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The Your Lie in April English Dub is Amazing

Note: This is a repost of a series of an article I originally wrote for Crunchyroll. Check my writer profile to see my latest articles.

your lie in april

For those of you who are unfamiliar with this anime, the story follows Kousei Arima, a former child prodigy who lost his ability to play the piano when his mother died. But after he encounters the beautiful and eccentric Kaori one day, his life begins to change. Over the course of twenty-two episodes, Your Lie in April tells a touching story about dealing with grief and the power of music.

Arguably, what makes Your Lie in April so impressive is not its script, however. The anime is at its most powerful when it lets its music and visuals do the talking. I think that Patrick Seitz, the director and writer of the English dub, must have realized that too, because the English dub audio never sounds intrusive. There’s an air of natural ease about the voice acting, as if nobody is pushing their voices too hard. I think that understatement was the best approach Seitz could have taken with a Japanese script that was, in my opinion, somewhat ungraceful at times.

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Random Curiosity Could Learn From Gamergate’s Bad Example


I’m stepping out of my comfort zone as a blogger to discuss a very controversial topic. But it’s also a very important one for the online anime community.

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Shigatsu wa Kimi no Uso is a Poorly Directed Anime


On paper, there’s a lot to like about Kimiuso. As a burnt-out musician myself, I can relate to Kousei’s struggles. The concert scenes are particularly beautiful. But the anime is torn between being a teen melodrama and a silly romcom, and second-time director Kyohei Ishiguro can’t seem to pull off the right balance.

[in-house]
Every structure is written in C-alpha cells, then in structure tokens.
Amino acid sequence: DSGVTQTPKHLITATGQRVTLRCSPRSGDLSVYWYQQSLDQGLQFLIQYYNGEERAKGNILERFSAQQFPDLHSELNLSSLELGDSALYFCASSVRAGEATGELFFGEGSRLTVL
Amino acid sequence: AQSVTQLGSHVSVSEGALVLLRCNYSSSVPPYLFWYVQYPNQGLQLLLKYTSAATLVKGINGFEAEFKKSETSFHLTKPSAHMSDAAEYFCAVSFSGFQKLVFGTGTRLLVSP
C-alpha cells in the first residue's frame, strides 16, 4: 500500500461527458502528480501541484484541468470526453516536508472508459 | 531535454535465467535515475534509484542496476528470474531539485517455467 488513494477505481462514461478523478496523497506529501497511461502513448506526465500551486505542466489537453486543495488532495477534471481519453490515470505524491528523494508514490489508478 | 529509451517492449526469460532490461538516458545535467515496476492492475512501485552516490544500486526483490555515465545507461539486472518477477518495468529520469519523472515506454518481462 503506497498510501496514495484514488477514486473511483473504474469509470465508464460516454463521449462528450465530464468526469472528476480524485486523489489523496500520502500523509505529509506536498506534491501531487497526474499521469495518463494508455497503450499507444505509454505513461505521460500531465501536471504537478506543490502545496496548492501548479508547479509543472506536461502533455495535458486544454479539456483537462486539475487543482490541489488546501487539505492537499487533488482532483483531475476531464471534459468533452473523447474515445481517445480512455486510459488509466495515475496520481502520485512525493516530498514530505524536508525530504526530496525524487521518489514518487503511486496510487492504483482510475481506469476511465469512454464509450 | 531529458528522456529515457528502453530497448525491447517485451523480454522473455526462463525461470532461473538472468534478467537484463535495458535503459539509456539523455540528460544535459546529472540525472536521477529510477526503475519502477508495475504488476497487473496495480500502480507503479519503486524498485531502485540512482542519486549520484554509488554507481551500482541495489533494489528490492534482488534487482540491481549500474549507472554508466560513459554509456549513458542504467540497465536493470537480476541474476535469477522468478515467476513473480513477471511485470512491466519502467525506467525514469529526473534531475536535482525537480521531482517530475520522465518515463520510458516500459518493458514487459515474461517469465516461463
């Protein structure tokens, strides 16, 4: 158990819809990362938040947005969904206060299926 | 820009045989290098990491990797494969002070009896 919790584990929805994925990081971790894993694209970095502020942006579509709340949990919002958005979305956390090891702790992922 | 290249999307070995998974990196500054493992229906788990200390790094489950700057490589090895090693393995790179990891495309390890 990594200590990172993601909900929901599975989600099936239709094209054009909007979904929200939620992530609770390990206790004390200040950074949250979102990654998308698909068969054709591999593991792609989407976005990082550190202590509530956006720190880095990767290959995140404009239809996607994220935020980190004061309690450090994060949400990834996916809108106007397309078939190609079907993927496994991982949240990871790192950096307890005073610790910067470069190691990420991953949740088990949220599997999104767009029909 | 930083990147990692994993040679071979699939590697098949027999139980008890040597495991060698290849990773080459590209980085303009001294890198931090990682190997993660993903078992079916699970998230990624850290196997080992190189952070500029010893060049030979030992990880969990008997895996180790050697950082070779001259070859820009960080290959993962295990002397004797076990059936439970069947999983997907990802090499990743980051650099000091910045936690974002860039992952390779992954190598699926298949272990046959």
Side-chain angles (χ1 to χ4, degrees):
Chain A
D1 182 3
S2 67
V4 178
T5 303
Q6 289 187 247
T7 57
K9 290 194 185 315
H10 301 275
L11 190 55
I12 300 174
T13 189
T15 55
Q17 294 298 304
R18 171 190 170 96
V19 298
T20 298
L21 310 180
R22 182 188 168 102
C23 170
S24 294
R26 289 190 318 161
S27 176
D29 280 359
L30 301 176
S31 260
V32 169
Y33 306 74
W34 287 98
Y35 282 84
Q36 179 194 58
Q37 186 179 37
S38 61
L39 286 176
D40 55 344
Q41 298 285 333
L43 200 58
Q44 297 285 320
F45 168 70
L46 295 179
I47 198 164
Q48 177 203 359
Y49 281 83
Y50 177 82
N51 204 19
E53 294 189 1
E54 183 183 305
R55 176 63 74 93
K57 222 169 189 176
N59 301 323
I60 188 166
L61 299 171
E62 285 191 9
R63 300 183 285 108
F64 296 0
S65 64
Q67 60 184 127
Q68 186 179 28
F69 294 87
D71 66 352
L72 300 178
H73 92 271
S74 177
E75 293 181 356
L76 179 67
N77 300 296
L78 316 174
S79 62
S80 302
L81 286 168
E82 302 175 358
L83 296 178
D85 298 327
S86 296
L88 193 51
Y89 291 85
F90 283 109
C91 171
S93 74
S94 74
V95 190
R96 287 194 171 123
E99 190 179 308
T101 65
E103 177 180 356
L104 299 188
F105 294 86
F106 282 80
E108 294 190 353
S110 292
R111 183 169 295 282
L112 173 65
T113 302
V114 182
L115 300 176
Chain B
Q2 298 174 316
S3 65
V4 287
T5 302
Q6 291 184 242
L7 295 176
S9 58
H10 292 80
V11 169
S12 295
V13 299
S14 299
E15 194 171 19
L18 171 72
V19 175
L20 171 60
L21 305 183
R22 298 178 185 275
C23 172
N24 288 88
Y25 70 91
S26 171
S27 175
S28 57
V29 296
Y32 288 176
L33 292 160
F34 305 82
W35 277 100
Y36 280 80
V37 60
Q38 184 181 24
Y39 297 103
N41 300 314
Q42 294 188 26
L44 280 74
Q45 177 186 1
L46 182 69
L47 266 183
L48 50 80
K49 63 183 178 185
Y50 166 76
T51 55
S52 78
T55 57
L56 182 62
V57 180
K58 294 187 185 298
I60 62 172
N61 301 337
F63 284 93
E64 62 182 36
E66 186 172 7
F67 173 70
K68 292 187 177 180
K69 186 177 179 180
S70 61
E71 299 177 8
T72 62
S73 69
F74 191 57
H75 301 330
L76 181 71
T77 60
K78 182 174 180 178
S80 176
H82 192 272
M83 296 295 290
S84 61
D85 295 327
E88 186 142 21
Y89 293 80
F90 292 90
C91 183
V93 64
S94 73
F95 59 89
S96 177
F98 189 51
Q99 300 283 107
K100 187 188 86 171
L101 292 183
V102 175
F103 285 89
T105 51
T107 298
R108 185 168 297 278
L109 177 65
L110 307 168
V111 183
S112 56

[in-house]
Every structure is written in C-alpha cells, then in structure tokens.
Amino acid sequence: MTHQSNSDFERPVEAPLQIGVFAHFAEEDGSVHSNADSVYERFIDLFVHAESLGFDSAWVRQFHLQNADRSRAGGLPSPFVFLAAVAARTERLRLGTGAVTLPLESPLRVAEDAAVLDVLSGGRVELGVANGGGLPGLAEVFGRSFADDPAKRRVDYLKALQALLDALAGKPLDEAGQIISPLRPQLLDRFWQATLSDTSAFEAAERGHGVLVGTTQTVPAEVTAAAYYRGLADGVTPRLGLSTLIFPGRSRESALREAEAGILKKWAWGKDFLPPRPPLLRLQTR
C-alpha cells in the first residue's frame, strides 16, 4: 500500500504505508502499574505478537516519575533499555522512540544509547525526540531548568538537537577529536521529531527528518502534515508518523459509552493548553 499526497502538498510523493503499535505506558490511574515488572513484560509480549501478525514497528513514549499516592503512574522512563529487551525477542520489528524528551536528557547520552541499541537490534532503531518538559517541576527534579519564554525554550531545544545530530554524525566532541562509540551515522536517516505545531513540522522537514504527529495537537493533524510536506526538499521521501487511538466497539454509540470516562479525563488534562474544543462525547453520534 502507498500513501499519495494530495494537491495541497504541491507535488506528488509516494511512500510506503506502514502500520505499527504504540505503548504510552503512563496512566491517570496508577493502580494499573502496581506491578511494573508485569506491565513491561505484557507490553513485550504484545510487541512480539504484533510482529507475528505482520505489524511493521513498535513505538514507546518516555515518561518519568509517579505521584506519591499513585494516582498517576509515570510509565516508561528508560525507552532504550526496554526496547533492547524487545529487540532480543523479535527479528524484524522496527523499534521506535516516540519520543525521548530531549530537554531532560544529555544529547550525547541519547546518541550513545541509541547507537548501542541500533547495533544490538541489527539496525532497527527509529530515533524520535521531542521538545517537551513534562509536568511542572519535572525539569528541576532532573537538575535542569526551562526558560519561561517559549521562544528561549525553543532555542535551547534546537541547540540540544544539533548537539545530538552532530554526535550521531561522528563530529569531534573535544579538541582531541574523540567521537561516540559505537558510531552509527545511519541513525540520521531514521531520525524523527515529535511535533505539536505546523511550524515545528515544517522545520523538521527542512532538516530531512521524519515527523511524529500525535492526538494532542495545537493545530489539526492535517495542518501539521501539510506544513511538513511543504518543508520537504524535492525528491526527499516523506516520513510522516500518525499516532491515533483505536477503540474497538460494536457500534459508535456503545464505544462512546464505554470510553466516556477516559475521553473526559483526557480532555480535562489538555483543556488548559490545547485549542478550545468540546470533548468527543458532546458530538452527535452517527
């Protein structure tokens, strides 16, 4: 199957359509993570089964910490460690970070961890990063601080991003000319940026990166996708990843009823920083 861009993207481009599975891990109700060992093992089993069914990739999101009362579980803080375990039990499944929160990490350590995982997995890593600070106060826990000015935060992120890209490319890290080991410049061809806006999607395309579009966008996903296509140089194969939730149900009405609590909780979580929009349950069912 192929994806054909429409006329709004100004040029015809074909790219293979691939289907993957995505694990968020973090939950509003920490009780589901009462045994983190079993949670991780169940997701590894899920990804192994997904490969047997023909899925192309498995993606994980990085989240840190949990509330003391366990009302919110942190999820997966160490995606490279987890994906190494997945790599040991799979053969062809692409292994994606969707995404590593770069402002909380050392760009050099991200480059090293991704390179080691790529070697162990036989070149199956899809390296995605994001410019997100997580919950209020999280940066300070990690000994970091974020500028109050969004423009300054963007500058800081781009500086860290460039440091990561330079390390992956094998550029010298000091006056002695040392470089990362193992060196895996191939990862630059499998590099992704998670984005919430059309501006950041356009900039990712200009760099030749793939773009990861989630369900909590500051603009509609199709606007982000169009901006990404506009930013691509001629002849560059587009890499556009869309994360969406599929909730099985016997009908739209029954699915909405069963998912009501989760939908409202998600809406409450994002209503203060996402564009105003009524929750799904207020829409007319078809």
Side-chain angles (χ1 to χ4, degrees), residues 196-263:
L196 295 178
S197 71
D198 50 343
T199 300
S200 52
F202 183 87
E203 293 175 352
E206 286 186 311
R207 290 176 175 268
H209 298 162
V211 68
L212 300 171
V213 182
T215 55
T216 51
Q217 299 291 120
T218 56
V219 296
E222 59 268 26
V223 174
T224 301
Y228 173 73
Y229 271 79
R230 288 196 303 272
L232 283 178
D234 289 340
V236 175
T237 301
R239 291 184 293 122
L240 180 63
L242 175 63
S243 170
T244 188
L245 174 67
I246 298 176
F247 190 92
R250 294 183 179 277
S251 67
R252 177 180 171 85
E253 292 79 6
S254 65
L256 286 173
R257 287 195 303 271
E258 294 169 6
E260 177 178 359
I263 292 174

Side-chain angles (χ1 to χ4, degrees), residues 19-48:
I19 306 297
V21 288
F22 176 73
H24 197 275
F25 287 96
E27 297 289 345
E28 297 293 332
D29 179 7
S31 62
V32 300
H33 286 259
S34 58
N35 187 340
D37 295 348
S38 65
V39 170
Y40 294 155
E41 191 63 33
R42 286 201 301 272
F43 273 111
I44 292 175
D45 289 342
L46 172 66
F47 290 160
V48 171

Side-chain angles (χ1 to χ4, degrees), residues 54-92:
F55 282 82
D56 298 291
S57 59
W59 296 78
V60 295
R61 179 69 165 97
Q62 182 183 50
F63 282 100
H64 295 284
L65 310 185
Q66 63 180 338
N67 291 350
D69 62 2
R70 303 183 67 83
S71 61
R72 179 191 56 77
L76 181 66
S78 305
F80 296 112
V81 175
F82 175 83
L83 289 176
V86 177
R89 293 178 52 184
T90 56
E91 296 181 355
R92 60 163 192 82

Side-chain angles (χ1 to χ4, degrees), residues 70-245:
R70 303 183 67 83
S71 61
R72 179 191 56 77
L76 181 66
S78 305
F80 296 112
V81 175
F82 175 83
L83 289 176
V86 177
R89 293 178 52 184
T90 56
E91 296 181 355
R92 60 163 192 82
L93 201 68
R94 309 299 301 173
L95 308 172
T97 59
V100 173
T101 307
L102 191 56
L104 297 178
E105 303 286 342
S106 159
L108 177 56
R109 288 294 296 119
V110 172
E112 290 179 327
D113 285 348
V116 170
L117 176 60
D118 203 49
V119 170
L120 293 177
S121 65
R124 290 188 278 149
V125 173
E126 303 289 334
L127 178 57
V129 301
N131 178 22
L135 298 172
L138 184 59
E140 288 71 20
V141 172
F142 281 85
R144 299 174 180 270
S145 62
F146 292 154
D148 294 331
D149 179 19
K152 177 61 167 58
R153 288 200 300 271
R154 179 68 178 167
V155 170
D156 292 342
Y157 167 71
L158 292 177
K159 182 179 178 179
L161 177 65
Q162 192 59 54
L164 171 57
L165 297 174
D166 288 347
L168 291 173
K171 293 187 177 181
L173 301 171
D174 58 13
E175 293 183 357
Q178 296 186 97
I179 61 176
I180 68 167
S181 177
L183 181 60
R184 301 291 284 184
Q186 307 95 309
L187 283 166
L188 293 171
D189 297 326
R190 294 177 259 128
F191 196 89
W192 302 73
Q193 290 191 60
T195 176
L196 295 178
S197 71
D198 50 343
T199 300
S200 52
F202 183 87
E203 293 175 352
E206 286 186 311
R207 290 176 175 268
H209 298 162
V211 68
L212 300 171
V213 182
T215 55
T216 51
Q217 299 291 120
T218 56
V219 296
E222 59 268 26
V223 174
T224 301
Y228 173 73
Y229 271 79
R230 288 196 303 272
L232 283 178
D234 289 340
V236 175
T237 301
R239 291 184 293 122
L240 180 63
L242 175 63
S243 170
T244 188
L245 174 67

The biggest problem with the directing is that it lacks restraint. It’s clear that Ishiguro understands the basics of his craft, but he makes the common inexperienced director’s mistake of using these techniques in a heavy-handed way without understanding their deeper purpose. Kimiuso piles on the artistic effects in every single scene, regardless of their actual narrative weight, to the extent that it comes off as a distraction.

Now, I’m no expert when it comes to direction, cinematography, photography and all the other tricks of the visual trade. Deadlight knows a lot more than I do. That’s why this post is a collaborative effort. The two of us thought it would be a great idea to discuss how visual direction can alter the mood of an adaptation.

Most importantly, we both agree that the animation is detailed and there is a lot about the visuals that is beautiful on the surface level, but underneath that, the direction is messy and Ishiguro doesn’t seem to understand what sort of story he is trying to convey.

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